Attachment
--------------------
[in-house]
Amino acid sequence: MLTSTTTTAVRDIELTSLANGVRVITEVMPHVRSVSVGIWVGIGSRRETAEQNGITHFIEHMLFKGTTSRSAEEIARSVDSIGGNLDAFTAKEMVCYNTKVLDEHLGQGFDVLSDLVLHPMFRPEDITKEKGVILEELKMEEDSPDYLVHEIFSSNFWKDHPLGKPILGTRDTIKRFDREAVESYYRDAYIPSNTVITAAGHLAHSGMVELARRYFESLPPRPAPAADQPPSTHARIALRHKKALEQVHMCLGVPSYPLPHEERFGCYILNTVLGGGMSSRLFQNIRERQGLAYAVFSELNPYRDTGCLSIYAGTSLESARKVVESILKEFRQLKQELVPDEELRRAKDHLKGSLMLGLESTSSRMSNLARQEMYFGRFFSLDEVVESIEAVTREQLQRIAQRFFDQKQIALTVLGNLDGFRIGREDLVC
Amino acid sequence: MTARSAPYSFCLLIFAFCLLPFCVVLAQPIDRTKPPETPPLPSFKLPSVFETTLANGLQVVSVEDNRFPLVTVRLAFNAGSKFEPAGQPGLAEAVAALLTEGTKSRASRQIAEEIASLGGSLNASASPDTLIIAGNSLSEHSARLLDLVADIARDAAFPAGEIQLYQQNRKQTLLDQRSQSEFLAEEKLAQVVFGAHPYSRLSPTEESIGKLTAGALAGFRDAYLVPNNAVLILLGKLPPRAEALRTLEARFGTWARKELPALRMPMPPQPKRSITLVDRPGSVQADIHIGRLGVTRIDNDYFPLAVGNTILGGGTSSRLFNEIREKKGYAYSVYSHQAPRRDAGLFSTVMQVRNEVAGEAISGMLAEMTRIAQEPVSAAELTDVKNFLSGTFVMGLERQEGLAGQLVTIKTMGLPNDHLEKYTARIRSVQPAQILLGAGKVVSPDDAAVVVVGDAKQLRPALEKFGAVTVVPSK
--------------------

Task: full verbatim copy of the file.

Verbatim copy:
[in-house]
Amino acid sequence: MLTSTTTTAVRDIELTSLANGVRVITEVMPHVRSVSVGIWVGIGSRRETAEQNGITHFIEHMLFKGTTSRSAEEIARSVDSIGGNLDAFTAKEMVCYNTKVLDEHLGQGFDVLSDLVLHPMFRPEDITKEKGVILEELKMEEDSPDYLVHEIFSSNFWKDHPLGKPILGTRDTIKRFDREAVESYYRDAYIPSNTVITAAGHLAHSGMVELARRYFESLPPRPAPAADQPPSTHARIALRHKKALEQVHMCLGVPSYPLPHEERFGCYILNTVLGGGMSSRLFQNIRERQGLAYAVFSELNPYRDTGCLSIYAGTSLESARKVVESILKEFRQLKQELVPDEELRRAKDHLKGSLMLGLESTSSRMSNLARQEMYFGRFFSLDEVVESIEAVTREQLQRIAQRFFDQKQIALTVLGNLDGFRIGREDLVC
Amino acid sequence: MTARSAPYSFCLLIFAFCLLPFCVVLAQPIDRTKPPETPPLPSFKLPSVFETTLANGLQVVSVEDNRFPLVTVRLAFNAGSKFEPAGQPGLAEAVAALLTEGTKSRASRQIAEEIASLGGSLNASASPDTLIIAGNSLSEHSARLLDLVADIARDAAFPAGEIQLYQQNRKQTLLDQRSQSEFLAEEKLAQVVFGAHPYSRLSPTEESIGKLTAGALAGFRDAYLVPNNAVLILLGKLPPRAEALRTLEARFGTWARKELPALRMPMPPQPKRSITLVDRPGSVQADIHIGRLGVTRIDNDYFPLAVGNTILGGGTSSRLFNEIREKKGYAYSVYSHQAPRRDAGLFSTVMQVRNEVAGEAISGMLAEMTRIAQEPVSAAELTDVKNFLSGTFVMGLERQEGLAGQLVTIKTMGLPNDHLEKYTARIRSVQPAQILLGAGKVVSPDDAAVVVVGDAKQLRPALEKFGAVTVVPSK